The Grinch of the Grand Concourse

Landlord Warms Up to Rudy but Chills Tenants

Around city hall, Leo Zisman is known as a contributor to Rudy Giuliani. His wife, Myrna, is regarded as such a model of decorum, she was appointed to the mayor's protocol commission despite her past as a Democratic district leader. As treasurer of the United Lubavitcher Yeshivoth, Zisman has status in Brooklyn's orthodox community. But up on the grand concourse in the Bronx, where Zisman owns two massively decrepit apartment buildings, he is simply known as the Grinch.

That's how more than a dozen shivering tenants referred to Zisman when they held a December 29 press conference to complain that the landlord has left them virtually heatless for two months. And while city housing inspectors found that since November the heat supply at 1326 Grand Concourse has indeed been spotty, a tour of the five-story, 56-unit building makes it clear that warmth alone is not enough to make this wretched place habitable. Busted pipes send sink water splashing into kitchen cabinets, waterlogged ceilings collapse onto rotted floors, black mold creeps along walls, rats stalk cats, and tenants freeze.

"Everybody wants to leave this building," says Lydia Gonzales, who lives in a three-bedroom apartment with her two-year-old daughter and three sons, ages six, seven, and eight. Gonzales washes dishes in her bathroom because the pipes under her kitchen sink are not joined. The floor around the toilet is so rotten, the commode moves side-to-side. A bare bulb hangs from a four-foot-square gape in the bathroom ceiling that reveals dangling wires and electrical conduits. And on the inside of Gonzales's front closet door, roaches languish, not even bothering to scatter when she opens it to show a reporter the rat hole in the floor.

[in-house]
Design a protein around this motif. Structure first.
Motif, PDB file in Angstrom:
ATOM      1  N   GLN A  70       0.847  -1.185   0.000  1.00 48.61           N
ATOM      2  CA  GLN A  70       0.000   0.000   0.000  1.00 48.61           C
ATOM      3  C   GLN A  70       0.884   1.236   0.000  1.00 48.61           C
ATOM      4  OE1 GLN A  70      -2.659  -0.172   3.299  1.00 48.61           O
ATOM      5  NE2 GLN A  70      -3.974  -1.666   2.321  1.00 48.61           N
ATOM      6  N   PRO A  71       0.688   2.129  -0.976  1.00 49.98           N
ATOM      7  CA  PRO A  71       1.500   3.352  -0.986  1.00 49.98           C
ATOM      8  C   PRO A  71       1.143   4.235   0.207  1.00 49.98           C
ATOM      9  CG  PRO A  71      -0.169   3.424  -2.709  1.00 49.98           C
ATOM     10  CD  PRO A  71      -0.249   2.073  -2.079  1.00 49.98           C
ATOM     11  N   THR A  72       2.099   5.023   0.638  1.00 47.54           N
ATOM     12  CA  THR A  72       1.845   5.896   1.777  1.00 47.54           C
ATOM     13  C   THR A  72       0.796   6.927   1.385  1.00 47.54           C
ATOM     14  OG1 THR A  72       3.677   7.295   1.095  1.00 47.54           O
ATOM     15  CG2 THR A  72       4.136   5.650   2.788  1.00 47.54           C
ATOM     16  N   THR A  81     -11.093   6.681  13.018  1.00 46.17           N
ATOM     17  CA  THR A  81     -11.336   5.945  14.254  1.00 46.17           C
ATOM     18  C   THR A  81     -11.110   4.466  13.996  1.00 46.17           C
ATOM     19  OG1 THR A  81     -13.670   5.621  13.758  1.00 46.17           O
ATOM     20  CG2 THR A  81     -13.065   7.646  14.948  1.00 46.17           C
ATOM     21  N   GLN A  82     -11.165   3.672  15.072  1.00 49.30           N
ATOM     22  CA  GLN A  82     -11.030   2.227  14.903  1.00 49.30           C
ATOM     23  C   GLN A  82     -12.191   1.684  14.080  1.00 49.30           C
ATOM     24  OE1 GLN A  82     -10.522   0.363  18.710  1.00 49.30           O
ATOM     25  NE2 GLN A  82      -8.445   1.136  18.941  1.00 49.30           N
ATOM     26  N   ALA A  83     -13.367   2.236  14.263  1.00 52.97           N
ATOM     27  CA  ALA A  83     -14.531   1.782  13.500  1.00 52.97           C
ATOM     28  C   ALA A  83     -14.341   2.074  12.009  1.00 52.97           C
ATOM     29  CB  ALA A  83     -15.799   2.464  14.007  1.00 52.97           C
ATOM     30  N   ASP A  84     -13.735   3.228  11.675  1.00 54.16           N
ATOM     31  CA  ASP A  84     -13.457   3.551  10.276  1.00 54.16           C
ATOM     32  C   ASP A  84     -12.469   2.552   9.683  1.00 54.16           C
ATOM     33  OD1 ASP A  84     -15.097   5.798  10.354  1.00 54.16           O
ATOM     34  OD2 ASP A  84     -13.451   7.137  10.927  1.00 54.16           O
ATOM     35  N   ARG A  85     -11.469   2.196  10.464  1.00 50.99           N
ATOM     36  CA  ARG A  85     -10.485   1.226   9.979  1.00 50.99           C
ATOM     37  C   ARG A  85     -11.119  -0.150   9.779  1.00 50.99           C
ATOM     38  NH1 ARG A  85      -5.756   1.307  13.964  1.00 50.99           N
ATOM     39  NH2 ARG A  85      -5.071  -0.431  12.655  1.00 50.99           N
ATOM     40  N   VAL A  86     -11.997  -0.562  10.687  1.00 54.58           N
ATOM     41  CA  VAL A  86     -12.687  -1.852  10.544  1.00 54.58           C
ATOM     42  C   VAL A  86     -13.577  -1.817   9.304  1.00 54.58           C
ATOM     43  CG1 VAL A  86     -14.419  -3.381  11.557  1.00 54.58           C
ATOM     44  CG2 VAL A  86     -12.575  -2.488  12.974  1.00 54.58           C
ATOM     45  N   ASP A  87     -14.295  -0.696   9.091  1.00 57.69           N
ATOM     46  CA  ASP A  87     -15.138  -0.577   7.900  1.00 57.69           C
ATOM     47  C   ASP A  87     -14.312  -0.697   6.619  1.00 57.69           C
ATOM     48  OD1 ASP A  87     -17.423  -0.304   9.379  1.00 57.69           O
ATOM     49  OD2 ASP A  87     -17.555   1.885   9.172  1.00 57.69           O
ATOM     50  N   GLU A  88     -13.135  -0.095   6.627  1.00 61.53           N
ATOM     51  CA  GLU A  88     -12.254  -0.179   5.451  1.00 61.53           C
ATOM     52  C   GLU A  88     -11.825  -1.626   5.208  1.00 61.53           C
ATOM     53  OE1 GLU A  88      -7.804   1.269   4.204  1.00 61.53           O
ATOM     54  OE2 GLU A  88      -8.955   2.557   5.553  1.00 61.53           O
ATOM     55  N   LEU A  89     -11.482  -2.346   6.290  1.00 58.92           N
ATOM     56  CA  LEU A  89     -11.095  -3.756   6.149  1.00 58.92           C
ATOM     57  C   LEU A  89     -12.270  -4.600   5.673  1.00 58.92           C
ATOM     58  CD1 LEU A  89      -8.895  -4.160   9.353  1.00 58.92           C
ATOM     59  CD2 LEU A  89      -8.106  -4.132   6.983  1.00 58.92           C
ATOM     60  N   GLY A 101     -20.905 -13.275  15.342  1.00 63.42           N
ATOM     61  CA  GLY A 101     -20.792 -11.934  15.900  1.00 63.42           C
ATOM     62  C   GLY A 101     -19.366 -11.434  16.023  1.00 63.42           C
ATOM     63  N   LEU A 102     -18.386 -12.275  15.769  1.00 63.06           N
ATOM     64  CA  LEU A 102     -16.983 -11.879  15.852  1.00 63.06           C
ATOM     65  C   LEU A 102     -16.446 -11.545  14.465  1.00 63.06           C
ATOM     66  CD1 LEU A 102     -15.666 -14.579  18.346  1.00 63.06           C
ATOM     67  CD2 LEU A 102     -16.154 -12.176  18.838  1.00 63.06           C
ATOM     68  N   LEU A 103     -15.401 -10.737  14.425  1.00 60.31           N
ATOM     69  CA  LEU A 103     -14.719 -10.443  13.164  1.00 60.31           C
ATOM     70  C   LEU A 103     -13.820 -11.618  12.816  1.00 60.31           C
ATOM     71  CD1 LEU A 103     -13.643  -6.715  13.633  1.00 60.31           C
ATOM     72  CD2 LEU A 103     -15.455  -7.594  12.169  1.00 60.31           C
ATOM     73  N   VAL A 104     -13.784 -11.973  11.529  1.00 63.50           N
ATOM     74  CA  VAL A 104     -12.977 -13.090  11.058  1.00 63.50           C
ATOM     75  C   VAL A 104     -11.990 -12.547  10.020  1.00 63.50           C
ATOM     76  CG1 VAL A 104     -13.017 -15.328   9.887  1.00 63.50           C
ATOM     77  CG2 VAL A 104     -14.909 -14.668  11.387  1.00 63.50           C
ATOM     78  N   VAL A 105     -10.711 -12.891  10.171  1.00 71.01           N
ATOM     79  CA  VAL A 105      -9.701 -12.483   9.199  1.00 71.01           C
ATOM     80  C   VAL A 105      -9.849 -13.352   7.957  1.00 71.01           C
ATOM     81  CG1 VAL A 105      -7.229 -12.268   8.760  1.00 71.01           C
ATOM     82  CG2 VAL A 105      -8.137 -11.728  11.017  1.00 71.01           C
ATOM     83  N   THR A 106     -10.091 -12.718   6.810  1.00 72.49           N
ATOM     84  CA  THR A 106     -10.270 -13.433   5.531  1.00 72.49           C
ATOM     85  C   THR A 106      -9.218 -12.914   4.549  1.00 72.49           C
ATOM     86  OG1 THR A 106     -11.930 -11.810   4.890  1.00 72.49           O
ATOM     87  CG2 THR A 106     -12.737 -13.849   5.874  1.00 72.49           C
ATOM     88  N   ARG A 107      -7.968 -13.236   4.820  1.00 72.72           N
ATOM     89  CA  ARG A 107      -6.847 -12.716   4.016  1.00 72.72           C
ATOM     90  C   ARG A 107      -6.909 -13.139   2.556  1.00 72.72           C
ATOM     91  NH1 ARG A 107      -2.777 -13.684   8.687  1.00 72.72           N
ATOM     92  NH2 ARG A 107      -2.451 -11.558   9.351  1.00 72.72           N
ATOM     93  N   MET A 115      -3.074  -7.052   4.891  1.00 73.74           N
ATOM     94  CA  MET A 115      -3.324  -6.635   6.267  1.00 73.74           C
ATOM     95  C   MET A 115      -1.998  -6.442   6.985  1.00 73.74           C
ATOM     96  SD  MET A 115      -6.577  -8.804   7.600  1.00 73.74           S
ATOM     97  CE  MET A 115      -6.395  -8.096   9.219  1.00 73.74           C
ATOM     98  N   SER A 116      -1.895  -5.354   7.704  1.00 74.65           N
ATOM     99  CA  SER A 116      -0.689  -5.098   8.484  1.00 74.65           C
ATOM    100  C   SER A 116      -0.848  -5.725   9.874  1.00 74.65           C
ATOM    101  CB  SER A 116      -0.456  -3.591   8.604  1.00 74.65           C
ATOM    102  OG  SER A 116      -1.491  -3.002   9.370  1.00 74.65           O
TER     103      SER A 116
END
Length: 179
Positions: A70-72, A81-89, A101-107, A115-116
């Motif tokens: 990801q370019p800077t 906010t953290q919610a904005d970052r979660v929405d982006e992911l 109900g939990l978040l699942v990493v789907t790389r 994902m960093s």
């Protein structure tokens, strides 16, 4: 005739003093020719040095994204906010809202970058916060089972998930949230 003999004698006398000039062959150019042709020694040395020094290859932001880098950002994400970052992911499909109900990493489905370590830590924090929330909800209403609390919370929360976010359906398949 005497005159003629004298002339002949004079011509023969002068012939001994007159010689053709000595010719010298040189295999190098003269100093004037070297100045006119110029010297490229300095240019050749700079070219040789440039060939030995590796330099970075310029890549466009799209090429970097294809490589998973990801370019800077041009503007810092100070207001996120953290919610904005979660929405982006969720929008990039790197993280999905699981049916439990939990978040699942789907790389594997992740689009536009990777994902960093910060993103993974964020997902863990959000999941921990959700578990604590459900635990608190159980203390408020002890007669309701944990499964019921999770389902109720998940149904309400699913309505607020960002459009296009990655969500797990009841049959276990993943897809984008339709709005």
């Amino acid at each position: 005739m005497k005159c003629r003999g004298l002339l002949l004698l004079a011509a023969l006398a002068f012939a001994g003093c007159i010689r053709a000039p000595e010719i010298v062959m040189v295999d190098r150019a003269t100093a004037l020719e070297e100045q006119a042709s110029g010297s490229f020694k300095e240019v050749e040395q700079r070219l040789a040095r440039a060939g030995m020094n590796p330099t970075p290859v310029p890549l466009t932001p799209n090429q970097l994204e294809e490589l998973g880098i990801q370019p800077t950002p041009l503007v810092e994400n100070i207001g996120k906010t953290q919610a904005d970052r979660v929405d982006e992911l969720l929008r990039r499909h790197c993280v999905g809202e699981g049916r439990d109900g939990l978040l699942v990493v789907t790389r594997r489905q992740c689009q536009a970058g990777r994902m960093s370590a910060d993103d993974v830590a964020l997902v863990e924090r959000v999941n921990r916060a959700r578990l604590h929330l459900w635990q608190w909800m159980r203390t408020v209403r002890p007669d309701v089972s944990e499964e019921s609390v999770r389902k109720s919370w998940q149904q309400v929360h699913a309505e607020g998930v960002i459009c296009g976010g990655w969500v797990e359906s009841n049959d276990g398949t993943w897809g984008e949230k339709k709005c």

Two-year-old Alexa, daughter of Lydia Gonzales, in the bathroom doorway of her apartment at 1326 Grand Concourse: The hole in the floor has been there since Alexa was born, Lydia says.
photo: Keith Bedford
Two-year-old Alexa, daughter of Lydia Gonzales, in the bathroom doorway of her apartment at 1326 Grand Concourse: The hole in the floor has been there since Alexa was born, Lydia says.

"Welfare says they won't pay for this place no more," Gonzales says. "I'm going to move out of here, and that's just fine with me."

Welfare pays the major portion of most tenants' rent here (which ranges from about $800 to $1200 a month), and Zisman has benefited from the public till in other ways as well. He bought the building cheap from the city's Department of Housing Preservation and Development (HPD) in 1987, and received a city mortgage and low-interest loans to help pay for renovations. At the same time and with a similar deal, Zisman bought 1290 Grand Concourse, a 47-unit building just south of 1326.